California Attorney General Kamala Harris (pictured, above center with Clothilde Hewlett, and Geoffrey Cowan) urged law enforcement officials, NGOs, and researchers in the fight against human trafficking to “dedicate [themselves] to the adoption of technology” at her Human Trafficking Leadership Symposium on November 16, 2012 at the University of Southern California.
The symposium coincided with the release of her new report, “The State of Human Trafficking in California 2012.” The report highlights CCLP’s work in the area, including its research on online classified sites’ facilitation of trafficking. It notes CCLP’s finding that “the efficiency and anonymity of social networking sites and online classified sites facilitates human trafficking by connecting buyers and sellers at an unprecedented scale while minimizing risk.”
CCLP recently released its own report, The Rise of Mobile and the Diffusion of Technology-Facilitated Trafficking, which illustrates the increasingly important role of mobile in human trafficking, both as an instrument of traffickers and as a potential tool for law enforcement in combating the crime.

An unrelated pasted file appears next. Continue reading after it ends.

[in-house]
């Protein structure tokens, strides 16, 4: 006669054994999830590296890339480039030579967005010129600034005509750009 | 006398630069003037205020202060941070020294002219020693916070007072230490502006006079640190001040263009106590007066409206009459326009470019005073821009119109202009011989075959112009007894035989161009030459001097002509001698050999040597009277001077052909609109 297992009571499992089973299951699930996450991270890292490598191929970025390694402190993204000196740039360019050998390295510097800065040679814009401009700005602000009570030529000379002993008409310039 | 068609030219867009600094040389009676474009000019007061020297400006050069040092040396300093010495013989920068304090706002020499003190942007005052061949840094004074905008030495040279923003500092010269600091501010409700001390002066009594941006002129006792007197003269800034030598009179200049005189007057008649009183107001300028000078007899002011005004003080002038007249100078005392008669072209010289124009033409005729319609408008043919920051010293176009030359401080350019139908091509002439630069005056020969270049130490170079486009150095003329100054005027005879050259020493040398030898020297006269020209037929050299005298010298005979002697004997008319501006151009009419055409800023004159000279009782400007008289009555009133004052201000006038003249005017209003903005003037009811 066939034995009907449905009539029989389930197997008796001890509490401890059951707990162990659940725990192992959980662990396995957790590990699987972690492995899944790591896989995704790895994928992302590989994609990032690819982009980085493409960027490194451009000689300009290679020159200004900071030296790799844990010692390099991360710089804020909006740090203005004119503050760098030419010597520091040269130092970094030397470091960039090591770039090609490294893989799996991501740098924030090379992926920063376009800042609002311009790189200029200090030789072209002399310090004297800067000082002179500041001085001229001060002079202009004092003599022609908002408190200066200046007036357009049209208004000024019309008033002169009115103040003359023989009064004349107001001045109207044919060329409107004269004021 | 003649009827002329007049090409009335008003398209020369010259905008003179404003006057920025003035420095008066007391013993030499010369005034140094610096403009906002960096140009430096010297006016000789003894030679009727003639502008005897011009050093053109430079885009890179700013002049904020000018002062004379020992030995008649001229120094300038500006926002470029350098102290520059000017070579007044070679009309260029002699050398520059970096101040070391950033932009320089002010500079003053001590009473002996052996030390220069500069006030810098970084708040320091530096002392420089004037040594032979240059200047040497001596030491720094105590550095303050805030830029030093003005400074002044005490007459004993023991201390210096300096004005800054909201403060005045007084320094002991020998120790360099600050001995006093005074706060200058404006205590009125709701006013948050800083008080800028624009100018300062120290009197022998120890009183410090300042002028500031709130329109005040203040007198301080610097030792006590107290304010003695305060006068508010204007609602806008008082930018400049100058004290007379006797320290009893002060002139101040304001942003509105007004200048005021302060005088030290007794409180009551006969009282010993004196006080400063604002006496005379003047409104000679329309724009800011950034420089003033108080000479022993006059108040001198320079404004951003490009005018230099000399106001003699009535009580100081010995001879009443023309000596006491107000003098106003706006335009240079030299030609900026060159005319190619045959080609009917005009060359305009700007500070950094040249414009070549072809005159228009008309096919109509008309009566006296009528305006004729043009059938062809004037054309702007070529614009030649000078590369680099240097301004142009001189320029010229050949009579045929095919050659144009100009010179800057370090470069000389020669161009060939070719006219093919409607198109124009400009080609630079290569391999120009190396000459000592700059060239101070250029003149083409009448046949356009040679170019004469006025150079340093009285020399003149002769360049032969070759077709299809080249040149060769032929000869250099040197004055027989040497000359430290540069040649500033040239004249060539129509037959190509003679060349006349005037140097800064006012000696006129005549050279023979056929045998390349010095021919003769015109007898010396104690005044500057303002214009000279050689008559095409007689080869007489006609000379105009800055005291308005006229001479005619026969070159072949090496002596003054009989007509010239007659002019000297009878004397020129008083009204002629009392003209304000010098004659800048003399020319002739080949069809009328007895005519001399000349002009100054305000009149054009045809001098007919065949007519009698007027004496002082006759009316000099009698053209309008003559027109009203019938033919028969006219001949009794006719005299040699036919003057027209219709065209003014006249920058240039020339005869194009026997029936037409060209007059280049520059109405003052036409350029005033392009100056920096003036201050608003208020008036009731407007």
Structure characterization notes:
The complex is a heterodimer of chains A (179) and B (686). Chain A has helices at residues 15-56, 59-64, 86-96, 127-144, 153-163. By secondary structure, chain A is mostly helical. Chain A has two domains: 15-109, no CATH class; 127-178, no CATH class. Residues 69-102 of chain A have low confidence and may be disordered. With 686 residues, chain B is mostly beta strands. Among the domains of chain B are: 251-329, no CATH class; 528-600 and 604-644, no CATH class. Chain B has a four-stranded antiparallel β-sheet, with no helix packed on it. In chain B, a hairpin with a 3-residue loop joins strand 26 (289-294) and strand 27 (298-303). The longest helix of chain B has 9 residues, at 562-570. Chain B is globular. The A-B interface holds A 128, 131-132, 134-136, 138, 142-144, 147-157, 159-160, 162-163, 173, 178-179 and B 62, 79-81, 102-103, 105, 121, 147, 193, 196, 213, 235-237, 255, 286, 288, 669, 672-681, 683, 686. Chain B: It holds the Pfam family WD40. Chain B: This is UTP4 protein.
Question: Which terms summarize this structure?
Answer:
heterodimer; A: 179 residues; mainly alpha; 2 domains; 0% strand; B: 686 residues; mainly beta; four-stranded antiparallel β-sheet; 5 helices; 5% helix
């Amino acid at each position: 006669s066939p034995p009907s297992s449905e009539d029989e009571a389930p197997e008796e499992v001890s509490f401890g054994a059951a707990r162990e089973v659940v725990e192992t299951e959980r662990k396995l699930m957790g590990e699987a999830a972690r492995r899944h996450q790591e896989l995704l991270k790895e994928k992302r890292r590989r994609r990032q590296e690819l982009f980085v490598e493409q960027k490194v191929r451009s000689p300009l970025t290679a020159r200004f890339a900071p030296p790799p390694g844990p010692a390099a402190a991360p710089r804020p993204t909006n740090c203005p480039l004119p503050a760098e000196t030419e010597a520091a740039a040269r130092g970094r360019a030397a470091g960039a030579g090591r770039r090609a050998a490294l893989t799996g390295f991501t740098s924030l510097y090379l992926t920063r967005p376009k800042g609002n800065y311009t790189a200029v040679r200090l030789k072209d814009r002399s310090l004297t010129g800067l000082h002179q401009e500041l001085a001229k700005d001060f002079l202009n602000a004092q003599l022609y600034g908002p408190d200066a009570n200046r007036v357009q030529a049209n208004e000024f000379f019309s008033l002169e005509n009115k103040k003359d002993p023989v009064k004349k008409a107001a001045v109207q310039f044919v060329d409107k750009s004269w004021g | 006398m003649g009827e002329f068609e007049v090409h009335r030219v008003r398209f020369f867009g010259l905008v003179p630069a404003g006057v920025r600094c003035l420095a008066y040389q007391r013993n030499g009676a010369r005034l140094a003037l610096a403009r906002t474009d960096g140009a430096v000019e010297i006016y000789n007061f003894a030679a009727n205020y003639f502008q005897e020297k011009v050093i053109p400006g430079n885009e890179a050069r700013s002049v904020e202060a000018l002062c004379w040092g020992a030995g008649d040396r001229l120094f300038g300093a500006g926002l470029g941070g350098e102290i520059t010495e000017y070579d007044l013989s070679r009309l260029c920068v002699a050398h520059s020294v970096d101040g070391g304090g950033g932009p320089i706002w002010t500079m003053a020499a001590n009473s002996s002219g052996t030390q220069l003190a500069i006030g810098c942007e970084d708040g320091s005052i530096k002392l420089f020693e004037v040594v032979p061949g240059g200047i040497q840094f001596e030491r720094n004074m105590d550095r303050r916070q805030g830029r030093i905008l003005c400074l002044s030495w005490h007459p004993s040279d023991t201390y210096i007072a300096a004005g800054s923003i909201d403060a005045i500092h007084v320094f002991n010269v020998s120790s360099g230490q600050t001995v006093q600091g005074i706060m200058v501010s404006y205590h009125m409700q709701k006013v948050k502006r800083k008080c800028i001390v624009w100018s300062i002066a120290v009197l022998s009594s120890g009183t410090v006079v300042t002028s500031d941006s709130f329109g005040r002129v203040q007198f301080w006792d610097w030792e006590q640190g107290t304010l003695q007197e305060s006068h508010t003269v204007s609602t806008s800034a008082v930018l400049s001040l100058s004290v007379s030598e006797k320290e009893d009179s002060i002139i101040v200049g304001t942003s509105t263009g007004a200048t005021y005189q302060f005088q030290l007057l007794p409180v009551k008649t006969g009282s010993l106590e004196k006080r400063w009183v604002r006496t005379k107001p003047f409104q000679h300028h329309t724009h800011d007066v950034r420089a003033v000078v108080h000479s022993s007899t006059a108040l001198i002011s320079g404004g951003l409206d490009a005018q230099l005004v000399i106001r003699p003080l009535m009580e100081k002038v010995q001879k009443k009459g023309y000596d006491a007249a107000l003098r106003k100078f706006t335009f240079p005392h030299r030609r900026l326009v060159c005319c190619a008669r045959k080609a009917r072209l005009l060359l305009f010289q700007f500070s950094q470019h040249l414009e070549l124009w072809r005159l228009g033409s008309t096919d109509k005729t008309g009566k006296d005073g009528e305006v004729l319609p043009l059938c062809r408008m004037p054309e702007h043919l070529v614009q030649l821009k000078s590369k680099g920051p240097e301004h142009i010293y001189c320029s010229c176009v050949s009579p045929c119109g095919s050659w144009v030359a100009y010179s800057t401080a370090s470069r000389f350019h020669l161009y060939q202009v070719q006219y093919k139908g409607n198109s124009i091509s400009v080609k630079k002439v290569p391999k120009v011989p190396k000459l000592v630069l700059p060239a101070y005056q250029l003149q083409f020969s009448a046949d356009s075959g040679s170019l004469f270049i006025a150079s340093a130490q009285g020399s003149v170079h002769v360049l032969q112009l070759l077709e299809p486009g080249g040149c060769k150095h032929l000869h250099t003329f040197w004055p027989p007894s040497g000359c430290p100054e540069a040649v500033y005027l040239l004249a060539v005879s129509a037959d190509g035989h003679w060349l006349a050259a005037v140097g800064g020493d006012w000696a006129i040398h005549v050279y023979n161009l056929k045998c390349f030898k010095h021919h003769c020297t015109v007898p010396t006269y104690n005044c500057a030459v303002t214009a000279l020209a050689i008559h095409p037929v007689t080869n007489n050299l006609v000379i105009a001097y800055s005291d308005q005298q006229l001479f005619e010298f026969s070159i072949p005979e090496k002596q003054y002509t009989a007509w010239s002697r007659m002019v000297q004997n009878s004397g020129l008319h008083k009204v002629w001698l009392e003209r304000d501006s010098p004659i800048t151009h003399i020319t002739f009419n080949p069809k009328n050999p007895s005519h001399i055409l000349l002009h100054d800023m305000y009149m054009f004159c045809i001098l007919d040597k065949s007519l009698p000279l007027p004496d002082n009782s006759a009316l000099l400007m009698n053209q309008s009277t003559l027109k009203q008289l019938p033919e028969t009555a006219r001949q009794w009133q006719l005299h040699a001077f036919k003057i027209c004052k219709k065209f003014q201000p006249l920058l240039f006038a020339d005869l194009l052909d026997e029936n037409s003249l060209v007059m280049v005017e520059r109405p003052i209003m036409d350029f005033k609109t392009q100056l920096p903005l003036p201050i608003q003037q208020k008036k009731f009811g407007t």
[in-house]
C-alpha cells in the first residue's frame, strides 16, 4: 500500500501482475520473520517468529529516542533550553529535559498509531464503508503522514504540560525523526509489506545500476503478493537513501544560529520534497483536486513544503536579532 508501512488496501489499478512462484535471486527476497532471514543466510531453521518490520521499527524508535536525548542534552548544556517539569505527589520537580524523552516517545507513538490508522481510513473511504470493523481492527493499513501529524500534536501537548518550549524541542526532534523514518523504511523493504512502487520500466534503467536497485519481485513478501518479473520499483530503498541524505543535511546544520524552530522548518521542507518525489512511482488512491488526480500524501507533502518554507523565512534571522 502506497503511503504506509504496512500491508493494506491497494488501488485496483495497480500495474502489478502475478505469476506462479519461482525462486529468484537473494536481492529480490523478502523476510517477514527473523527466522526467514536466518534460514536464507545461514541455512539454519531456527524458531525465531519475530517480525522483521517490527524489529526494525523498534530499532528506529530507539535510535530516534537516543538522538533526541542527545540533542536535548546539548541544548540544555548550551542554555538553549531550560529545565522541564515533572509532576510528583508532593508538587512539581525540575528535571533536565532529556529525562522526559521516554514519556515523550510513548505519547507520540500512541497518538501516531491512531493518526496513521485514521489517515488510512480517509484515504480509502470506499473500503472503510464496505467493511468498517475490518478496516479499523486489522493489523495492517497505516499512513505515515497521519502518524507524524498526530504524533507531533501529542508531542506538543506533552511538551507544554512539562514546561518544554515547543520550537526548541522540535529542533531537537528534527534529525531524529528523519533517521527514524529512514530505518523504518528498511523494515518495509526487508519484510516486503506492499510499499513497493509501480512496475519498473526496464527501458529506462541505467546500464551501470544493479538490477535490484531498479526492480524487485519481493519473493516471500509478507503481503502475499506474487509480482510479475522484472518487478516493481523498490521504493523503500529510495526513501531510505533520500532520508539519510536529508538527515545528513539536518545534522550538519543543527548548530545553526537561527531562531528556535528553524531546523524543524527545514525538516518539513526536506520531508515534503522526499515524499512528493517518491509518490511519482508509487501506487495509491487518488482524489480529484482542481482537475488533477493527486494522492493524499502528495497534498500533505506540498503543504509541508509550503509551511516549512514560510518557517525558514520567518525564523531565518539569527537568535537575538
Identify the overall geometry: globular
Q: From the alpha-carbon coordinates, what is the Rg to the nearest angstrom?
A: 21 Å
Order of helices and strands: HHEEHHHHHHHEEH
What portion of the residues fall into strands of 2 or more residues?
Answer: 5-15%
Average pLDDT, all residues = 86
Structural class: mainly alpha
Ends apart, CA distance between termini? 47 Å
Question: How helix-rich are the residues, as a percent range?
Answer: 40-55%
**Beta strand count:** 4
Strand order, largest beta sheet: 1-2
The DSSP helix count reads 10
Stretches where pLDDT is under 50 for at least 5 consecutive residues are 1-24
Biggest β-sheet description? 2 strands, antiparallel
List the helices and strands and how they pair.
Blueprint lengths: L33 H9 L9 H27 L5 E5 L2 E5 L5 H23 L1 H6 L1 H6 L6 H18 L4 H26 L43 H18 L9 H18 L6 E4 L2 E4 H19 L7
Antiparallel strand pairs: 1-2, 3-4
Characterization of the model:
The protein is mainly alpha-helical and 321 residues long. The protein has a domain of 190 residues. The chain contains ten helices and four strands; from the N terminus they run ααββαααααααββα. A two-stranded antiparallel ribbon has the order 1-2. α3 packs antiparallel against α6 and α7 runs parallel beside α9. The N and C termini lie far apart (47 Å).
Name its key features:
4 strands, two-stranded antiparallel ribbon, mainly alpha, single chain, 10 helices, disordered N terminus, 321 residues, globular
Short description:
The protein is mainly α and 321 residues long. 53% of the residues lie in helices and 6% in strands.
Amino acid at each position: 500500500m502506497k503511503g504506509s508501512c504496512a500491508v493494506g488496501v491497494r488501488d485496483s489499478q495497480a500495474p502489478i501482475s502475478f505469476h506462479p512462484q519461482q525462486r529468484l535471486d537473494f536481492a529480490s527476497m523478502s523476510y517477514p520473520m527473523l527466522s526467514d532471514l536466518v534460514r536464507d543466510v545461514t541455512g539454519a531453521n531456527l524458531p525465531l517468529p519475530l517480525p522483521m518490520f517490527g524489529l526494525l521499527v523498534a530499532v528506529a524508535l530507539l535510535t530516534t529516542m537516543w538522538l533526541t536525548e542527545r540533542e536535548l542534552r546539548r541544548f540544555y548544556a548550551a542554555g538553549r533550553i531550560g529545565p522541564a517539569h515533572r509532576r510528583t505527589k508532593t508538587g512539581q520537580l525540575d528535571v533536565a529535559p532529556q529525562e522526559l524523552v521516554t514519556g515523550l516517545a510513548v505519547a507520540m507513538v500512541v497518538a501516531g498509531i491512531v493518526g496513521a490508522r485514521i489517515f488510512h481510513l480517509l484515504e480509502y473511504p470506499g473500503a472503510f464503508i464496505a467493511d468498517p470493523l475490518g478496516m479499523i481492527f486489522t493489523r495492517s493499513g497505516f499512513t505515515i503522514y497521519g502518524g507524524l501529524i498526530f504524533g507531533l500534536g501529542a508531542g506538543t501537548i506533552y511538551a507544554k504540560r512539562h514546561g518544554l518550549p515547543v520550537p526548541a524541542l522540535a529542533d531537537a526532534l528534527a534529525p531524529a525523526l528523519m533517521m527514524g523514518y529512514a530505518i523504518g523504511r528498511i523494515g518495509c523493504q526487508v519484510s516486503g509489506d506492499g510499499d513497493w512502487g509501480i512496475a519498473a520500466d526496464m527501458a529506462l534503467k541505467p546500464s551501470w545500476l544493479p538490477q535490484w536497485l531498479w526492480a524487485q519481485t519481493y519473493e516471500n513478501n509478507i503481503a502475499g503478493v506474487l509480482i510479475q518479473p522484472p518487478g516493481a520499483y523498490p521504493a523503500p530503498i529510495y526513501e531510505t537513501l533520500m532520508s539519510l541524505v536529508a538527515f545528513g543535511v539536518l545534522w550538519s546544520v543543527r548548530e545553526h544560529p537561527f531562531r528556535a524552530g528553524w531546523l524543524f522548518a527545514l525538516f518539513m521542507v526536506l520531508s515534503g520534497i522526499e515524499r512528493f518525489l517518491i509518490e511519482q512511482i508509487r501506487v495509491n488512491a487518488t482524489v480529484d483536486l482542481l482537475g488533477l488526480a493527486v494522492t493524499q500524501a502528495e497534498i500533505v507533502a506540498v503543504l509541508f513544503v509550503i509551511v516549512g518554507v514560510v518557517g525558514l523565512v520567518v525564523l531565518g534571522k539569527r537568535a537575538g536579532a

Attorney General Harris’ keynote address echoed the themes of CCLP’s research. She noted that “the beauty of technology is the issue of the smart phone, [because] the technology is increasingly going to a mobile device.” The profusion of mobile devices can directly aide victims, who may be able to use mobile devices to call for help or to access help services on the Internet.
Attorney General Harris hopes, with respect to mobile technology, that in the near future law enforcement will “have the skills and tools that [the] predators have.”
As part of the symposium, one session featured CCLP research director Mark Latonero, who led a breakout session on technology and human trafficking. The session also featured Fred Wolens, Public Policy Manager at Facebook, Robert Morgester, Senior Assistant Attorney General, eCrime Unit, and Julia Cordua, Executive Director at the THORN Foundation.
Featured speakers and guests at the day-long symposium were U.S. Secretary of Labor Hilda Solis, Mexico Attorney General Marisela Morales Ibanez, Los Angeles Police Department Chief Charlie Beck, Los Angeles County Sheriff Lee Baca, and Los Angeles District Attorney-Elect Jackie Lacey.
i.Kamala D. Harris, “The State of Human Trafficking in California 2012,” (California Department of Justice, November 2012), 64.